Where Is Andrew Cuomo’s Climate Plan?
Mayor Bill de Blasio was one of the estimated 400,000 people marching in Manhattan Sunday to urge world leaders to avert catastrophic climate change before it’s too late. And he backed it up by having his administration commit to reducing New York City’s carbon emissions 80 percent from 2005 levels by 2050. Andrew Cuomo, meanwhile, was nowhere to be found at the People’s Climate March, and for good reason. The governor’s climate plan consists mainly of a single strategy: Brace for impact.
The de Blasio climate plan is all about buildings, augmenting efforts begun by the Bloomberg administration to make the city’s building stock less polluting and more efficient. This makes sense since buildings account for such a large share of New York’s carbon emissions, and the city has considerable power to regulate them. While it would be great to see more about transportation in the de Blasio climate plan, City Hall has already set goals to make city streets more walkable, bikeable, and transit-friendly. The administration is doing these things in the name of safety and expanding economic opportunity, not sustainability, but the end result will still be more sustainable streets.
Meanwhile, the transportation infrastructure that undergirds New York’s light carbon footprint — the fundamental reason New Yorkers emit a fraction of the CO2 an average American does — is not the mayor’s to control. The transit system is Governor Cuomo’s responsibility, and he’s been flaking on it since the first time he robbed from the MTA to pay for the state’s general obligations.
On Monday the governor signed a law that will help cities and towns prepare for the effects of climate change. Noticeably absent from the message was the urgency of preventing climate disaster in the first place.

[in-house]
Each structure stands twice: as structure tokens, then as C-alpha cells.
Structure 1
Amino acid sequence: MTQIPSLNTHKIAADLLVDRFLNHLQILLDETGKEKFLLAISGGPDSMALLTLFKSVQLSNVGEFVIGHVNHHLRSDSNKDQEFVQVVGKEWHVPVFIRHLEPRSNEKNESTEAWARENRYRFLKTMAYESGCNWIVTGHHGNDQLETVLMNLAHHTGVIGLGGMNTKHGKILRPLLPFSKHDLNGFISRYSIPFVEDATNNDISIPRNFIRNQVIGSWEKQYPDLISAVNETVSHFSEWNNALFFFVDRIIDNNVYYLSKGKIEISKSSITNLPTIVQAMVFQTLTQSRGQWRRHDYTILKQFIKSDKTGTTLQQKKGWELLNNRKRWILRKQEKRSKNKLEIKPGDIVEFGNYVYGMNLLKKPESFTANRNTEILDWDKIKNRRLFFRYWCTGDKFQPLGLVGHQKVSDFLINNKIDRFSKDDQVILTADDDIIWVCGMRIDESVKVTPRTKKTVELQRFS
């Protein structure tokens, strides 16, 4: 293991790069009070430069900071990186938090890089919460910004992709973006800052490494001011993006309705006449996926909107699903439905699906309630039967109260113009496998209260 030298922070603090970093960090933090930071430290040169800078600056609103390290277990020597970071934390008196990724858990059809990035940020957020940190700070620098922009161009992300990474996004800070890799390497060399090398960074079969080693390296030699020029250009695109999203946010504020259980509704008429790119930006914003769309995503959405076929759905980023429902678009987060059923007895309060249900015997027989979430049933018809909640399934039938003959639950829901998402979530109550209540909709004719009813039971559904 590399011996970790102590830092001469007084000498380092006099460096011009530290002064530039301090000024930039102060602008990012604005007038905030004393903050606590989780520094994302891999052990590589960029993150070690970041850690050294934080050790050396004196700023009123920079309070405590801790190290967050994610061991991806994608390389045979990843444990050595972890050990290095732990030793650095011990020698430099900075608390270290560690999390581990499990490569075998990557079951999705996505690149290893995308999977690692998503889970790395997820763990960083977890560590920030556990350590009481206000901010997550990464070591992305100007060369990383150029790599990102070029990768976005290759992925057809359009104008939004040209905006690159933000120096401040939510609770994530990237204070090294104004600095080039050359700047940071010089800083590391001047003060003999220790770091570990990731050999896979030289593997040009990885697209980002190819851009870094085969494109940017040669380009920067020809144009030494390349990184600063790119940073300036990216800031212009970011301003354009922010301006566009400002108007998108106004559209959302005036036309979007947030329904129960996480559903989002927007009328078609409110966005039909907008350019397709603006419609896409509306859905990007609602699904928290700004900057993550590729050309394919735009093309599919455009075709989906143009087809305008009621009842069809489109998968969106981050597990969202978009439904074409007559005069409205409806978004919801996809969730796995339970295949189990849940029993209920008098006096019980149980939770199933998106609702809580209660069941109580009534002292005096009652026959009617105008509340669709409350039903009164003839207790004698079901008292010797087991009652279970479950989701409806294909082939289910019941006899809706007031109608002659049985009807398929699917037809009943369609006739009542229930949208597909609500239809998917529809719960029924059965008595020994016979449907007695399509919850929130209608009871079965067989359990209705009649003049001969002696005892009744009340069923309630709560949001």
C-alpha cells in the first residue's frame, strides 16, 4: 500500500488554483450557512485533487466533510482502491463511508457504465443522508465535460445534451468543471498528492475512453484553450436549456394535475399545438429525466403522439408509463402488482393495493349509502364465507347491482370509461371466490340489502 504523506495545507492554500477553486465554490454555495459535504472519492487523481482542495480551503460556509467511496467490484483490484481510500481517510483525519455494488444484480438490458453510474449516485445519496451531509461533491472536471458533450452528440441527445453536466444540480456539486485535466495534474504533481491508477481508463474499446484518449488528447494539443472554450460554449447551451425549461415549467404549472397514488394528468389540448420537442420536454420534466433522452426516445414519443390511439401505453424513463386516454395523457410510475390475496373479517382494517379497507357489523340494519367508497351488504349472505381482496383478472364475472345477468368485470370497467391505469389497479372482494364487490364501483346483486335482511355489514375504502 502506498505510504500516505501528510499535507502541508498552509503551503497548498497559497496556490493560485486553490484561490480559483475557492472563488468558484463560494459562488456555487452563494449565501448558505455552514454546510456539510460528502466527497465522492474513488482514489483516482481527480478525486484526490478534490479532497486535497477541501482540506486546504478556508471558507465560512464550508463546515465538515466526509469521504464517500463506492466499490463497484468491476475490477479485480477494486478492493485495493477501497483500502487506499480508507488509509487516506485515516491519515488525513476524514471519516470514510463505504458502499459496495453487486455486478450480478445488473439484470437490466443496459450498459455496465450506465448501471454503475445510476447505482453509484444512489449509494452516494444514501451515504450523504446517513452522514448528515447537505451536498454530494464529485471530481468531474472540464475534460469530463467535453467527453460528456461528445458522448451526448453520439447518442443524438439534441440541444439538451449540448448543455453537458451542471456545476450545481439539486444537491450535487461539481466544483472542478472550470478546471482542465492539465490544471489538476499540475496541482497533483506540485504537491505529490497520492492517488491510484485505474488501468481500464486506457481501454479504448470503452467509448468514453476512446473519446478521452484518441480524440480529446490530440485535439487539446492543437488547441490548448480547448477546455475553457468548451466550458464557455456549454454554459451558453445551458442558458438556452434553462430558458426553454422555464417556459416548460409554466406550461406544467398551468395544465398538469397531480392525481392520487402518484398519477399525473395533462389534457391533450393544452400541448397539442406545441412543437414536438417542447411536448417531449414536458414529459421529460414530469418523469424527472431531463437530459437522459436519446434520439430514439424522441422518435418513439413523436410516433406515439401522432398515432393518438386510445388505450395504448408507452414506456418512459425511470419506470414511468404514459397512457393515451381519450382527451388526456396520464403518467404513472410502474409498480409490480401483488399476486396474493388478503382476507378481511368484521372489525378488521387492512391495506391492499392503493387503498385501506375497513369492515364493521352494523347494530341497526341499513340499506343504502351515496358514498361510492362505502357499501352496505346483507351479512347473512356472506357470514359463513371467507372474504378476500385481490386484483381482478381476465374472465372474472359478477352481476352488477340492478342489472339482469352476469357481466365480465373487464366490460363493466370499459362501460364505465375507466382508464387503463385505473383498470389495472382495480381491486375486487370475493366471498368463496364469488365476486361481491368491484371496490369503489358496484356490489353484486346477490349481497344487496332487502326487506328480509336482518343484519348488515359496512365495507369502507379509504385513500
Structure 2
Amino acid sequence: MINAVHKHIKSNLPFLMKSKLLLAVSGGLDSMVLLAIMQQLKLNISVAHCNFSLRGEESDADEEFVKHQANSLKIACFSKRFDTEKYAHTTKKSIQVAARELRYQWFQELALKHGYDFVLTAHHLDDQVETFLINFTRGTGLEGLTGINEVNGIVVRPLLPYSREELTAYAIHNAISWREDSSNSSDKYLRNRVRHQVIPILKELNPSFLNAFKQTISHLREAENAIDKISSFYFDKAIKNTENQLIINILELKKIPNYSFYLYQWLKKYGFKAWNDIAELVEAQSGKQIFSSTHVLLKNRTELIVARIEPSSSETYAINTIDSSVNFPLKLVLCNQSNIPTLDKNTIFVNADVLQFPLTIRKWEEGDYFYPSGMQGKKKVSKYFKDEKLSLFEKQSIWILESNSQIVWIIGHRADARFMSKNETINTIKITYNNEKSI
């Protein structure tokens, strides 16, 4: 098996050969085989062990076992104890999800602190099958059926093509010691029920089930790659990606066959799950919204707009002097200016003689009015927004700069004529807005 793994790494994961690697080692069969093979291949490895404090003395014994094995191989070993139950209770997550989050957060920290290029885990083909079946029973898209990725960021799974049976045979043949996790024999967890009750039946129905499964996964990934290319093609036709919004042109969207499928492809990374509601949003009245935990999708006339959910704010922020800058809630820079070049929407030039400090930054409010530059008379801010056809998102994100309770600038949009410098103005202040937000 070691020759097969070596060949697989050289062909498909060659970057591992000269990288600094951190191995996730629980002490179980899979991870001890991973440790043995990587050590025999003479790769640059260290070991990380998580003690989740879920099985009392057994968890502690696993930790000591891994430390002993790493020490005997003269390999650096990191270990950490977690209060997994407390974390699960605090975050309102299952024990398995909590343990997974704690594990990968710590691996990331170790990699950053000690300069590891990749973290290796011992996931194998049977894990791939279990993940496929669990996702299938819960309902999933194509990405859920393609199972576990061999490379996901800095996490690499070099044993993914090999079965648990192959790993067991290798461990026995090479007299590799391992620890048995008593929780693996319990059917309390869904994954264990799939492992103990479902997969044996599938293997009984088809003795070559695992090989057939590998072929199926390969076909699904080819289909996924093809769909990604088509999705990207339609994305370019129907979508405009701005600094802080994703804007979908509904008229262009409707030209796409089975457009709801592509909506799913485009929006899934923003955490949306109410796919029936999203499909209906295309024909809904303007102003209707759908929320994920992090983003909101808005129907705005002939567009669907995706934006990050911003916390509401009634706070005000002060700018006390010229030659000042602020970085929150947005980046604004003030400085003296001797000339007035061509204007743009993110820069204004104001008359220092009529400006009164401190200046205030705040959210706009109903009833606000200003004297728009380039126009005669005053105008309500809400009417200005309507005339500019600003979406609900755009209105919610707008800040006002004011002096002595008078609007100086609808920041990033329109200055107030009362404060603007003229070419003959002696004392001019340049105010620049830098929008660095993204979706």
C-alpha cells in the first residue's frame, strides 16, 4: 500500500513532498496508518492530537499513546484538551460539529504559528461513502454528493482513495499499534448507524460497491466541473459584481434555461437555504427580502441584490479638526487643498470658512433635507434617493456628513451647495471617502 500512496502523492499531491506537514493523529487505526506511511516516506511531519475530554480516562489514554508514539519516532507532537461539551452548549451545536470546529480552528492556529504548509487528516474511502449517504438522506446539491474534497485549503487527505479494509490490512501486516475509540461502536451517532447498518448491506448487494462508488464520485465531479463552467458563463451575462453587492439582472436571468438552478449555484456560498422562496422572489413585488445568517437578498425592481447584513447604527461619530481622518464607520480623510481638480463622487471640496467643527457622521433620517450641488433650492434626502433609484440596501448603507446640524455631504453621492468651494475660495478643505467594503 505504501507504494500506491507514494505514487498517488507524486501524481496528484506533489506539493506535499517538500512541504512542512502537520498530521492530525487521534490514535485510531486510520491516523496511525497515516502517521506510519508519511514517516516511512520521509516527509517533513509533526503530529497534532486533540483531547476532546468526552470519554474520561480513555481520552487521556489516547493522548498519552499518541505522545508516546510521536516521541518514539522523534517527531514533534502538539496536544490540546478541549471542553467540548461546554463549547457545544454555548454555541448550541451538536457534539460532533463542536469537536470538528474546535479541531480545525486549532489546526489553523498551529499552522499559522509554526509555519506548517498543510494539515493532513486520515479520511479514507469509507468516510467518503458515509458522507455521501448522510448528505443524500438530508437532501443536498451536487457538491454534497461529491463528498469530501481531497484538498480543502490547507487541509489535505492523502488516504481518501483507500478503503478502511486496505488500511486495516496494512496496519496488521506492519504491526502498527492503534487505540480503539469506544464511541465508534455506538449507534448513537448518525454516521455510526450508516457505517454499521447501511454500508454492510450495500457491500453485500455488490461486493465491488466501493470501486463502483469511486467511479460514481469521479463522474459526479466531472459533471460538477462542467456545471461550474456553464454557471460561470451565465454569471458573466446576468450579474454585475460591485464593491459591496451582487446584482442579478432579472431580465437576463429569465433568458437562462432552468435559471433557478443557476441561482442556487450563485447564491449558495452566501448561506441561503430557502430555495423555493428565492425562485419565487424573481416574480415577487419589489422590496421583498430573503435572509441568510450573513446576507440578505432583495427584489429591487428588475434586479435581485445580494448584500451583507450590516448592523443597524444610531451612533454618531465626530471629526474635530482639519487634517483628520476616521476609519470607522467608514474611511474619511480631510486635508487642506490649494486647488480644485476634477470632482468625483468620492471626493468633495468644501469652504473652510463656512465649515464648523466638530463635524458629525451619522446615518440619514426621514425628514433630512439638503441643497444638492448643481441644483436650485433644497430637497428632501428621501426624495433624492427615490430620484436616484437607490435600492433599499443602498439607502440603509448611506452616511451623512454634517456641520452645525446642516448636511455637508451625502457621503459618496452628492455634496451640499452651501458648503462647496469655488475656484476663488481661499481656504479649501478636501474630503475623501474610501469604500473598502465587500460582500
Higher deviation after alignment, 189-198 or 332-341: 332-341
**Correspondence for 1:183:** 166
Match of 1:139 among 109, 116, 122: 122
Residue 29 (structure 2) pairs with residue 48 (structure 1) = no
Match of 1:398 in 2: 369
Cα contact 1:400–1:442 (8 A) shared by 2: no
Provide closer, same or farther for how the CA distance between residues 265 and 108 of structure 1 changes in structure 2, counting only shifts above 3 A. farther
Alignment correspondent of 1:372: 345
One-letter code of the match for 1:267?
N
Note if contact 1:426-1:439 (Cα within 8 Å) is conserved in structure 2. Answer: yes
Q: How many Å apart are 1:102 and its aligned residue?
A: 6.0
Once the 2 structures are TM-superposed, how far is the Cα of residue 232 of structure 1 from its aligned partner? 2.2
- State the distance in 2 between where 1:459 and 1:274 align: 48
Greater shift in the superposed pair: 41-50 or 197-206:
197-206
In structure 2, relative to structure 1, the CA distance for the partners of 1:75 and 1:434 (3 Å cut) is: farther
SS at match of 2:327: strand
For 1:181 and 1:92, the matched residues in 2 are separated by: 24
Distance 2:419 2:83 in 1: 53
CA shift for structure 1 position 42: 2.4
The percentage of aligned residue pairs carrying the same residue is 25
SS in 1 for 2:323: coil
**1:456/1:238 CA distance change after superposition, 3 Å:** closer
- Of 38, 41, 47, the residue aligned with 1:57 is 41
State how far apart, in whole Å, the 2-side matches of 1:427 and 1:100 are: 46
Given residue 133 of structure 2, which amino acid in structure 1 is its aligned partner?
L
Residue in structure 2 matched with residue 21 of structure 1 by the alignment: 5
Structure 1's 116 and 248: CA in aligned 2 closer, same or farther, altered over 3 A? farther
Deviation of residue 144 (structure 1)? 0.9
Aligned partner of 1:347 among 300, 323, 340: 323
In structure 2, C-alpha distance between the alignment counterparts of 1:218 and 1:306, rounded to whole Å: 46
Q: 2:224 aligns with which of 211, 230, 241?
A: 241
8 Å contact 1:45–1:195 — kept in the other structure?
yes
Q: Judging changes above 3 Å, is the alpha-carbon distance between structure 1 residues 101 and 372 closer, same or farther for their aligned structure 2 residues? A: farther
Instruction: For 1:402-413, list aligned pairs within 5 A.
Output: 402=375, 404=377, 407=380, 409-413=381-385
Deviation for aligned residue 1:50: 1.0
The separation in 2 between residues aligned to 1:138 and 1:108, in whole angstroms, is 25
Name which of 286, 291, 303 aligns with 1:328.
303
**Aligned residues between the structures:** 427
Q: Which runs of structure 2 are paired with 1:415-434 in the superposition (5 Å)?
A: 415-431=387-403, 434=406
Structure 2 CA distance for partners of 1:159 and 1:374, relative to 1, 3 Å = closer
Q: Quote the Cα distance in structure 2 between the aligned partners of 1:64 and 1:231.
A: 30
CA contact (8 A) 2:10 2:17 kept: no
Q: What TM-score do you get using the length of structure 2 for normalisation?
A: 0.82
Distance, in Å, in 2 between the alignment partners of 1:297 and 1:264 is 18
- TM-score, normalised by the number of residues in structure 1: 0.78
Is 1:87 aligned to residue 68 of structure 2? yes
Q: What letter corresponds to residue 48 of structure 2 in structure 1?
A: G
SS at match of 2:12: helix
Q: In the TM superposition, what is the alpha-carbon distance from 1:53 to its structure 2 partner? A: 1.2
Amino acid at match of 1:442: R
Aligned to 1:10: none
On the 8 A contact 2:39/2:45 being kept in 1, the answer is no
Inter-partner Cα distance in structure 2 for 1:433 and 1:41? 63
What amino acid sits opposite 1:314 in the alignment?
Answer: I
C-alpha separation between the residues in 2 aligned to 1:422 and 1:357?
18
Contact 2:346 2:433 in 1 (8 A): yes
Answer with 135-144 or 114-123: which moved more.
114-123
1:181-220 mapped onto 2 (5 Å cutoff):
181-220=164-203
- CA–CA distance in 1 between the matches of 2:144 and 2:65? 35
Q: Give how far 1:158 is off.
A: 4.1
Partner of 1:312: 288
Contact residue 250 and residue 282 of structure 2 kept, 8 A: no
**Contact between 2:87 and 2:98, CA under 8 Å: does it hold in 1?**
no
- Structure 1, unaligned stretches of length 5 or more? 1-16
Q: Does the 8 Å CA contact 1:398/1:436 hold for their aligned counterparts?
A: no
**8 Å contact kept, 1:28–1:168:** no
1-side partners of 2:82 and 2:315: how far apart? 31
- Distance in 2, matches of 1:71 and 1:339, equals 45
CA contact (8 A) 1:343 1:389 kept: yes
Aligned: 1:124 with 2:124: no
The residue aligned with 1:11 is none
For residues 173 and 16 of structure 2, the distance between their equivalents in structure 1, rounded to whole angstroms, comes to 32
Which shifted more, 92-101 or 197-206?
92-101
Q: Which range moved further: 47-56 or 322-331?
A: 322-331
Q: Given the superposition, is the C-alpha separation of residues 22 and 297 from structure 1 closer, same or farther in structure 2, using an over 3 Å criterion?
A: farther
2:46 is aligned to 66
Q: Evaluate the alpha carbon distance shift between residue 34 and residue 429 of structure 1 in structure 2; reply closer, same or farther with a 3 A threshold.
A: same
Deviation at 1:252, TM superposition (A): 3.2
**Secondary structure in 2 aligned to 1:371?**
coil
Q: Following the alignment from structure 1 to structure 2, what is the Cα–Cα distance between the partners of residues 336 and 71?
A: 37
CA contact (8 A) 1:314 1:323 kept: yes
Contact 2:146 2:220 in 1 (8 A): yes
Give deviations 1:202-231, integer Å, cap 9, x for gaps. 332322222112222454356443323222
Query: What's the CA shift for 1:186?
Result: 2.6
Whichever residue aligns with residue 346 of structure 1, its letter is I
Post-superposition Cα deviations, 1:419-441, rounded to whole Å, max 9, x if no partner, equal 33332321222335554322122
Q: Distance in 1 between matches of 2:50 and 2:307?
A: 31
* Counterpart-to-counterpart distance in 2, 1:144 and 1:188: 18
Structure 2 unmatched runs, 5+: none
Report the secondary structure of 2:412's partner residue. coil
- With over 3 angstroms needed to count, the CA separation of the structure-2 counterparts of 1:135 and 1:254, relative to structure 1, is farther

The same day, the MTA posted documents laying out the $15 billion gap in its upcoming five-year, $32 billion capital program. The capital program is how the MTA will keep the transit system in reliable working condition, modernize ancient signals and other equipment, and expand rail and busways.
Governor Cuomo, however, is nowhere to be found as the MTA board takes up the matter of the capital program and how to pay for it.
Borrowing $15 billion is not an option. A growing share of the MTA’s annual budget can’t be spent on running trains and buses because the authority’s debt has already ballooned thanks to borrowing for previous capital programs. Its outstanding debt now stands at $34 billion. Servicing that debt is expected to cost $3 billion annually by 2018 — triple what the MTA spent on debt service in 2005 — even without any new borrowing.
When the transit system starts breaking down, New York is in trouble. The city needs to keep improving its train and bus service to continue growing, and a growing New York is great for the planet. A good climate plan from Andrew Cuomo has to start with fully funding the MTA capital program.